Germain (Gerard Depardieu) is not illiterate. He knows how to read and write, but he really prefers not to. For one, he is not very good at reading — he goes slowly and he uses his finger to follow the lines across the page. However, his comprehension is pretty good, especially when someone reads aloud to him. He imagines the scene in his mind and if the reader is describing rats in the street he can see those rats squirming around in enough detail that it makes him uncomfortable. Not being a big fan of reading and not being known as any sort of intellectual at his local bar is just fine by Germain. He is a town handyman, a very capable gardener, appreciates his girlfriend, and is not depressed about his station in life.
His station isn’t very high either. He lives in a trailer behind his mother’s house and makes ends meet by being good with his hands, be it woodworking or gardening. One advantage to not having a steady 9-5 job is lunch in the park. Germain enjoys making a sandwich and leisurely eating it on his favorite park bench where he can monitor the pigeons. He goes there enough to know that in fact there are 19 usual pigeons hanging around and he even has names for all of them. It is here in the park where he meets 95 year old Margueritte (Gisele Casadesus). The park gives her a chance to escape the old folks home for a bit and read out in the sunlight.
Margueritte and Germain strike up a pleasant friendship where she reads aloud and he appreciates the stories. This is the first time in his life someone has ever taken the time to talk with him one on one about stories, how they make you feel, and what the author may have been thinking about. Germain has bad memories from his childhood, both from an unfriendly school and an uninterested mother. Margueritte sees through his thick exterior and recognizes a kind of kindred spirit, one who really appreciates a good story and crisp sentences. In another life and with decent surroundings, Margueritte surmises Germain could have been an author himself.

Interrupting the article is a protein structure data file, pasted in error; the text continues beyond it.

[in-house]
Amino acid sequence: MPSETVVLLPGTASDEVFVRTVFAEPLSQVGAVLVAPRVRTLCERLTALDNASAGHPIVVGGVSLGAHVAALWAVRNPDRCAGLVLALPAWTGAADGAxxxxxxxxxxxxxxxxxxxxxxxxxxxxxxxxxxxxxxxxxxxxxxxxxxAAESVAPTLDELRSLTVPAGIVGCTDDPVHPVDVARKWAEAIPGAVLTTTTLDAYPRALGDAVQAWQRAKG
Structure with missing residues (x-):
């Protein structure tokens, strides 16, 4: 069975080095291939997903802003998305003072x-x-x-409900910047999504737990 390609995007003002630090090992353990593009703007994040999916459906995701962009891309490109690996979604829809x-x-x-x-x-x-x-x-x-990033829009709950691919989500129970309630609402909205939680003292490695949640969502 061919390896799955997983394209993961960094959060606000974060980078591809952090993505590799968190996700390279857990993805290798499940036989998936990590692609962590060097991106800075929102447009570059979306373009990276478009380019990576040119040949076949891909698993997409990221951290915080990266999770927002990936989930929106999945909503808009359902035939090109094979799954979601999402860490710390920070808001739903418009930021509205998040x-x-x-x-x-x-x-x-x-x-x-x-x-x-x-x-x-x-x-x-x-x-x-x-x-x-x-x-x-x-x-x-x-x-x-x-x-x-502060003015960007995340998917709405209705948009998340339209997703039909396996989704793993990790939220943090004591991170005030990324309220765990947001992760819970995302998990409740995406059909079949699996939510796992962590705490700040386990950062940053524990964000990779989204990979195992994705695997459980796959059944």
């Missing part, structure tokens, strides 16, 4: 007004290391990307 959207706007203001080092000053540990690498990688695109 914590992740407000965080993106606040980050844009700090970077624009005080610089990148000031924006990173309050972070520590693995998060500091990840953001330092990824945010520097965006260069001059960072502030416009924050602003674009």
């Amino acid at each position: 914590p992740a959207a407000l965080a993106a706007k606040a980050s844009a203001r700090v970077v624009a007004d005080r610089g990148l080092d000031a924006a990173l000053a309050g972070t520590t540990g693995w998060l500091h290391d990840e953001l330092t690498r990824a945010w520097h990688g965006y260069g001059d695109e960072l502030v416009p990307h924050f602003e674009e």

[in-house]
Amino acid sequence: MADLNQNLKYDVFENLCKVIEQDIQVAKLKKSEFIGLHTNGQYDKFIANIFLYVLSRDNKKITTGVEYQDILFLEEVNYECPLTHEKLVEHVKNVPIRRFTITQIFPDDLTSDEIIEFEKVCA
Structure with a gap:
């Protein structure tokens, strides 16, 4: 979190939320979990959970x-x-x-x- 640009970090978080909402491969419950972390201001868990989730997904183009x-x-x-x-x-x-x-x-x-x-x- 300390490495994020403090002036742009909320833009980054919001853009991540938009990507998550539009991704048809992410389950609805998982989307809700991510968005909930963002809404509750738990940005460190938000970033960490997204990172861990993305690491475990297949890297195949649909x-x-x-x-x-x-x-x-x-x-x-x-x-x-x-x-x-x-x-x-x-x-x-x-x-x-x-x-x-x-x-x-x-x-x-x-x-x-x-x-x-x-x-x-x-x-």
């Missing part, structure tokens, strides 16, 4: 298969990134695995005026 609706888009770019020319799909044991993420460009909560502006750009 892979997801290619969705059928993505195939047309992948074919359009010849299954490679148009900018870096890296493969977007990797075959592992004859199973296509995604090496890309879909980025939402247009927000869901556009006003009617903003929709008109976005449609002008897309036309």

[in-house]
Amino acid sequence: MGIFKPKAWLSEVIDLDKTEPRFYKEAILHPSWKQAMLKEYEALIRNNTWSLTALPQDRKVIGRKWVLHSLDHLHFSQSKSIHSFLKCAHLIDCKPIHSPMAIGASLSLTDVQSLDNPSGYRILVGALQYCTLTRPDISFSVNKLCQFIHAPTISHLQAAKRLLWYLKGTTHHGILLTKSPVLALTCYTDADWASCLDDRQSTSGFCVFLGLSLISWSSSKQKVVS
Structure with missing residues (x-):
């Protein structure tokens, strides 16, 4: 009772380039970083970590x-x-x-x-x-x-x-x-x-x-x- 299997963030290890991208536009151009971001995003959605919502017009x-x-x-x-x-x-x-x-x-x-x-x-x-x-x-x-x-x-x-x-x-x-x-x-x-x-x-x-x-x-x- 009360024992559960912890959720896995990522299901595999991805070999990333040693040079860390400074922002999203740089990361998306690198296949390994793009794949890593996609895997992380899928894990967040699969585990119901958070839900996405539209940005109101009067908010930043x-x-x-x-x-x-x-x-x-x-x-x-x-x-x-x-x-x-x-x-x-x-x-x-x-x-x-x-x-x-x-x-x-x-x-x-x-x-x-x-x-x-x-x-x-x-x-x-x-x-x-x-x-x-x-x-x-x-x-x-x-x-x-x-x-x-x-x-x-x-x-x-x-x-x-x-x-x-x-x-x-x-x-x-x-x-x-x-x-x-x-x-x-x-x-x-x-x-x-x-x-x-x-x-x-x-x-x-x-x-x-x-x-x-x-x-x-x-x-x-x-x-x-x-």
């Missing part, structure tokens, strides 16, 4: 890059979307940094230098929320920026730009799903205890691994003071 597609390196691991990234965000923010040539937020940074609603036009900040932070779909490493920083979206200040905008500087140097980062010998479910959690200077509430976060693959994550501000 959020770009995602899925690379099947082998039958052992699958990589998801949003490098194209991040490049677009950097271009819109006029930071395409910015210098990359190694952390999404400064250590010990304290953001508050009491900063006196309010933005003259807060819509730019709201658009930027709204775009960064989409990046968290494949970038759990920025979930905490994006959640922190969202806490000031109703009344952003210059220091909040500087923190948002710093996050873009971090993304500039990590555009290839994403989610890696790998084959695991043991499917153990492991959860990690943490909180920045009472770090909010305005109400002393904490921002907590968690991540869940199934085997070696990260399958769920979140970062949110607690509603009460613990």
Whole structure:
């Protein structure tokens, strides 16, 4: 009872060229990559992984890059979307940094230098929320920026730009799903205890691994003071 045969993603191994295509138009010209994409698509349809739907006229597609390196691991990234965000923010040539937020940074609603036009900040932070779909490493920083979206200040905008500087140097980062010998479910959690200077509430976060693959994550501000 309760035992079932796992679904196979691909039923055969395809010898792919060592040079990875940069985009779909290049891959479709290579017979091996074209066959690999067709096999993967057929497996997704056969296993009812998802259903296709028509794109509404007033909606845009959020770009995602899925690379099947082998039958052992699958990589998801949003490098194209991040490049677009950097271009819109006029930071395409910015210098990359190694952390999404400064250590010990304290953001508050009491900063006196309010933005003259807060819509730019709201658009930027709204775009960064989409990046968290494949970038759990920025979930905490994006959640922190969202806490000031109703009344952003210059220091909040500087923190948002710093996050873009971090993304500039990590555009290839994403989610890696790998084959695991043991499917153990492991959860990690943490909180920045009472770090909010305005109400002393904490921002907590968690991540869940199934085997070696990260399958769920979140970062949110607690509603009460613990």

All of these new ideas, books, and learning makes his life a bit more uncomfortable. His friends at the bar notice his vocabulary is raising a notch or two and his girlfriend Annette (Sophie Guillemin) is starting to wonder where all of this self improvement is coming from. Give My Afternoons with Margueritte a strong point in the good script column that is sidesteps what could have been a misunderstanding with a real scene of openness, frustration, and acceptance.
Gerard Depardieu gives a very strong performance here as a guy everyone likes, except his mother, and who enjoys his life in his small town. This comes off a very good performance he had last year with Inspector Bellamy. Gisele Casadesus has shown up three times in the movies in the past few months. She has bit parts in Sarah’s Key and The Hedgehog and for a lady of such an advanced age, she really has a grasp on Margueritte and how she would feel towards a man approaching middle age whose earlier experiences stunted what could have been a wonderful relationship between him and the world of books. She may be the only 95 year old in France capable of still turning out a good performance which is why she is getting every single role in France which calls for one.
My Afternoons with Margueritte is a very pleasant way to spend your own afternoon. Watching Germain and Margueritte plod through a Camus novel is refreshing and it is truly enjoyable to sit back and watch a script unfold which chooses to step away from cliché and focus on character and style.